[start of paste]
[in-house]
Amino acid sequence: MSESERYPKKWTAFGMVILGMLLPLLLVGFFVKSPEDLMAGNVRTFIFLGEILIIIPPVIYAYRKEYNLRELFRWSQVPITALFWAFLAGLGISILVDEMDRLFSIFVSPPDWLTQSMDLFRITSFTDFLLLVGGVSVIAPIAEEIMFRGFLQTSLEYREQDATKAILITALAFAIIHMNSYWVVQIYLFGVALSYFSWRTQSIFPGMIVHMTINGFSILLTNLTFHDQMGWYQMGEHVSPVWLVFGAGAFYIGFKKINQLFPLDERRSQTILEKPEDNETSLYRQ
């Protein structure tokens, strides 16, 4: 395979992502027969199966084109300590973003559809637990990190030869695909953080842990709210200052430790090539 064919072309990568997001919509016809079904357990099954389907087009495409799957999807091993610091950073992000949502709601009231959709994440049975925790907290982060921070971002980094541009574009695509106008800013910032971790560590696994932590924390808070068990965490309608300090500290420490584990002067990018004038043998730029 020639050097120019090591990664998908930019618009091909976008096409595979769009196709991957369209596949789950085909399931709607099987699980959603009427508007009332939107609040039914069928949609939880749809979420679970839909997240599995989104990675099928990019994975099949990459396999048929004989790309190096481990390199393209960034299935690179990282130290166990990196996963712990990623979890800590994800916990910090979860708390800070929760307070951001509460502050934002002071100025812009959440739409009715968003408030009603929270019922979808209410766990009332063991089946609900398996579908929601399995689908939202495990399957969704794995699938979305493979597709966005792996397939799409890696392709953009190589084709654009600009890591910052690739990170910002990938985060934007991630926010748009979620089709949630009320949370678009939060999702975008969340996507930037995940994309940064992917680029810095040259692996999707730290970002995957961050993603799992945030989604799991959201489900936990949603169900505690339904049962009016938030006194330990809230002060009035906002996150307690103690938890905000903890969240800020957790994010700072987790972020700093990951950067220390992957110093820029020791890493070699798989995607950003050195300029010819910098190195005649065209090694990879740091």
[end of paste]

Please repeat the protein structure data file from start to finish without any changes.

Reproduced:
[in-house]
Amino acid sequence: MSESERYPKKWTAFGMVILGMLLPLLLVGFFVKSPEDLMAGNVRTFIFLGEILIIIPPVIYAYRKEYNLRELFRWSQVPITALFWAFLAGLGISILVDEMDRLFSIFVSPPDWLTQSMDLFRITSFTDFLLLVGGVSVIAPIAEEIMFRGFLQTSLEYREQDATKAILITALAFAIIHMNSYWVVQIYLFGVALSYFSWRTQSIFPGMIVHMTINGFSILLTNLTFHDQMGWYQMGEHVSPVWLVFGAGAFYIGFKKINQLFPLDERRSQTILEKPEDNETSLYRQ
């Protein structure tokens, strides 16, 4: 395979992502027969199966084109300590973003559809637990990190030869695909953080842990709210200052430790090539 064919072309990568997001919509016809079904357990099954389907087009495409799957999807091993610091950073992000949502709601009231959709994440049975925790907290982060921070971002980094541009574009695509106008800013910032971790560590696994932590924390808070068990965490309608300090500290420490584990002067990018004038043998730029 020639050097120019090591990664998908930019618009091909976008096409595979769009196709991957369209596949789950085909399931709607099987699980959603009427508007009332939107609040039914069928949609939880749809979420679970839909997240599995989104990675099928990019994975099949990459396999048929004989790309190096481990390199393209960034299935690179990282130290166990990196996963712990990623979890800590994800916990910090979860708390800070929760307070951001509460502050934002002071100025812009959440739409009715968003408030009603929270019922979808209410766990009332063991089946609900398996579908929601399995689908939202495990399957969704794995699938979305493979597709966005792996397939799409890696392709953009190589084709654009600009890591910052690739990170910002990938985060934007991630926010748009979620089709949630009320949370678009939060999702975008969340996507930037995940994309940064992917680029810095040259692996999707730290970002995957961050993603799992945030989604799991959201489900936990949603169900505690339904049962009016938030006194330990809230002060009035906002996150307690103690938890905000903890969240800020957790994010700072987790972020700093990951950067220390992957110093820029020791890493070699798989995607950003050195300029010819910098190195005649065209090694990879740091």